You can take Kazuma Kiryu out of Kamurocho, but you sense The Dragon of Dojima will never be allowed to escape the place where he made his name. In Sega’s Yakuza 5 demo – now available on the Japanese PSN Store – he has a new job as a taxi driver, but barely has he slurped down a bowl of ramen at the end of his shift before he faces a pair of gangsters with a recognisable clan badge on their lapels.
Series creator Toshihiro Nagoshi said that Yakuza 5’s “massive volume” was such a huge undertaking it was like “building a new house”, and Fukuoka, where the demo is set, is one of five cities featured in the full game. While its layout may be new, the sights and sounds are relatively familiar: Kazuma now has to watch out for traffic as he wanders the city streets at dusk, but otherwise the place could be a surrogate Kamurocho, with its milling pedestrians, noisy restaurants, hostess bars and a soft neon glow.
There’s a Club Sega, too, of course, albeit this time with a wider variety of distractions. The UFO Catchers return, the crane grabber doing its best not to pick up Bonanza Bros, NiGHTs and Fantasy Zone toys. Meanwhile, a new variety is a frustratingly exacting challenge that eventually rewards your patience with a Hatsune Miku prize. It’s joined by a time-limited Virtua Fighter 2 (which, sadly, hasn’t aged too gracefully) and a fully playable Taiko No Tatsujin, here offering a single song on two difficulty settings, with Kazuma’s deep baritone proving an amusing counterpoint to the game’s traditionally shrill hosts.
Those favouring more adult-themed asides, meanwhile, will be pleased to learn that the hostess-wooing minigame has been expanded, with firstperson conversations offering a number of dialogue options to encourage or dampen the ardour of your chosen companion. Other sidequests are now highlighted on the map – hopefully this isn’t restricted to the demo version – while foodstuffs are now photographed rather than drawn. Small touches, sure, but welcome ones.
You’ll spend plenty of time with your DualShock resting on your lap, of course. Cutscenes are every bit as measured and as artfully shot as before, but Sega is now confident enough to use its in-game engine to render them. Early signs point to that same, oddly seductive blend of brutality and sentimentality, the opening cutscene showing Kazuma bristling at suggestive comments from his colleagues as they leer at his adopted daughter Haruka on TV, in training to be an idol.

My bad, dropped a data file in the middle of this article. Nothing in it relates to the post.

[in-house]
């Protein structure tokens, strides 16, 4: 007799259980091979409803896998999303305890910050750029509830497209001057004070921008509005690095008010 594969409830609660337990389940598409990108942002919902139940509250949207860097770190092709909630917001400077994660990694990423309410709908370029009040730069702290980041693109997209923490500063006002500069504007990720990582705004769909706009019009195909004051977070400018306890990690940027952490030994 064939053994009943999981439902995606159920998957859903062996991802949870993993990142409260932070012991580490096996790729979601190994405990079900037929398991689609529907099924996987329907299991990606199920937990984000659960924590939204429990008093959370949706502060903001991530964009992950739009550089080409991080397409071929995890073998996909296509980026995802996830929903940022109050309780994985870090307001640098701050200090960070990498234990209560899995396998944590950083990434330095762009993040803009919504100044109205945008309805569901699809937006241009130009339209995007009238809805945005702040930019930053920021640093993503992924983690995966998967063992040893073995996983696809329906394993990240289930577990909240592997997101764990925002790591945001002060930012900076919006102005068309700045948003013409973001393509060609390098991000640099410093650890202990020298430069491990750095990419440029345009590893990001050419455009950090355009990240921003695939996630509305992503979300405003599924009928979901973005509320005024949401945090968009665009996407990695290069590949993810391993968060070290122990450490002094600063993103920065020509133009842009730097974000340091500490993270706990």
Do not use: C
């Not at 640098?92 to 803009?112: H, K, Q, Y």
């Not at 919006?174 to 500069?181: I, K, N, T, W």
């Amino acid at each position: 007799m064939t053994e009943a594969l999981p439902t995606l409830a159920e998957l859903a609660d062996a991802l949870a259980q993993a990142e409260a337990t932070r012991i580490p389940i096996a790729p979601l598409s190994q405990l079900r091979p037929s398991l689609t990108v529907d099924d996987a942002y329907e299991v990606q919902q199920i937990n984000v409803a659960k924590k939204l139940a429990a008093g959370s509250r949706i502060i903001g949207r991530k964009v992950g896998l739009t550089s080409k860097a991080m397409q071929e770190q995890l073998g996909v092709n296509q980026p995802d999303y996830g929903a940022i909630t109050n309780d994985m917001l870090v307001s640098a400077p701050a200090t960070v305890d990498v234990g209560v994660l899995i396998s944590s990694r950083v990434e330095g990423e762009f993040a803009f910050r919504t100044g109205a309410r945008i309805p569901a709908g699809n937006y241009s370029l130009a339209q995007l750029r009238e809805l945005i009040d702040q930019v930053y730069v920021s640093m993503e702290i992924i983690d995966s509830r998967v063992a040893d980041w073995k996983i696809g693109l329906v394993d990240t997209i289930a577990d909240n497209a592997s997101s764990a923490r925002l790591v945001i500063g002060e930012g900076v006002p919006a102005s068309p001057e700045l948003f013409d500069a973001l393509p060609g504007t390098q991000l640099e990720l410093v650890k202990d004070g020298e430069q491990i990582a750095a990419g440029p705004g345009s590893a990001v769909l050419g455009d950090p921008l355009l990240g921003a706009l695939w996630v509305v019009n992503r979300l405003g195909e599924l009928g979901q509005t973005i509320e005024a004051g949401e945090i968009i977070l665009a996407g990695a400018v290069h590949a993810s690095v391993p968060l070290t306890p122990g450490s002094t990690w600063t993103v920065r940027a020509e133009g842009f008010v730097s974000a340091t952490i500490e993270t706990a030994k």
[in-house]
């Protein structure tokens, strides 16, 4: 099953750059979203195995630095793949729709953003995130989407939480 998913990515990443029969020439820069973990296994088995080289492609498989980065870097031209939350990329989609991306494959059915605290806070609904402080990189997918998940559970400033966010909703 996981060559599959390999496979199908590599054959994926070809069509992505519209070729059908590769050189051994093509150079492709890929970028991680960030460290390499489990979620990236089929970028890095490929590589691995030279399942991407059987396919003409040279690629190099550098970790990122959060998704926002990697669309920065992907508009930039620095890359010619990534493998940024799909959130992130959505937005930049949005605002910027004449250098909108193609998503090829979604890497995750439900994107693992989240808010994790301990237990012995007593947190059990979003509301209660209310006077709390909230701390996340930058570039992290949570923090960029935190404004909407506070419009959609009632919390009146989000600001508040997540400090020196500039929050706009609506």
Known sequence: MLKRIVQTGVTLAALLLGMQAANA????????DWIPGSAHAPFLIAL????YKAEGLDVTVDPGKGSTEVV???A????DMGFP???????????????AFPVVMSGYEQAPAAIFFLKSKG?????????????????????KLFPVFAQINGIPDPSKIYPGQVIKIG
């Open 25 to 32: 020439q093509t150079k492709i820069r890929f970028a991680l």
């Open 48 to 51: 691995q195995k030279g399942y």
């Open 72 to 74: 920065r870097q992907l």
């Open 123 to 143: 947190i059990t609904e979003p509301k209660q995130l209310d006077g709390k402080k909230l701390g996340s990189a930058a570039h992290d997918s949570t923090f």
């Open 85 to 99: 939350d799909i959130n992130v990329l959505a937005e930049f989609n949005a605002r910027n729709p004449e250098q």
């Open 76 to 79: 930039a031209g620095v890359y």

Elsewhere, subtle visual improvements can be seen in the physics and animation of pedestrians, who react a little more realistically to being bumped into, though Kazuma’s running animation remains unintentionally comic. Lighting has been improved, and draw-in is less noticeable, though the strange reflections on the water’s surface make you wonder whether an illegal oil disposal subplot awaits in the full game.
One of the most welcome changes sees Sega streamline the transition to combat. Gangs will still challenge Kazuma to a fight, but the game no longer cuts away, giving you a brief moment to prepare before battle commences. The fighting has been refined, too, with an expanded repertoire of the series’ signature brutal Heat actions: one sees Kazuma literally wipe the floor with a rival’s face, a painful watch topped by a moment where a street punk’s coccyx is aggressively introduced to a metal bollard. There’s still a strong element of cartoonish slapstick to many of the moves – not least one involving Kazuma riding a bicycle at high speed towards a terrified young thug – but they’re much more likely to make you wince than in previous games.
Despite his advancing years, Kazuma’s getting even quicker and more responsive, with a crunching counter-reversal Heat action, and a running dropkick that sees him backflip smartly once his heel hits his opponent’s chest. It’s a good job, too, as enemies also seem a little sharper, more readily picking up discarded weapons to use against you, and dodging and blocking predictable combos.
An inevitable brawl against two clan members who won’t take no for an answer concludes a demo that suggests Sega isn’t resting on its laurels with one of its most significant franchises; while some of the same old problems remain Toshihiro Nagoshi seems set to deliver on his promise of giving the series a sginificant overhaul. One can only hope the publisher’s localisation team is equally busy readying the game for a western release. On this evidence, Yakuza 5 is happy to settle into a familiar rhythm, but it’s as irresistibly infectious as ever.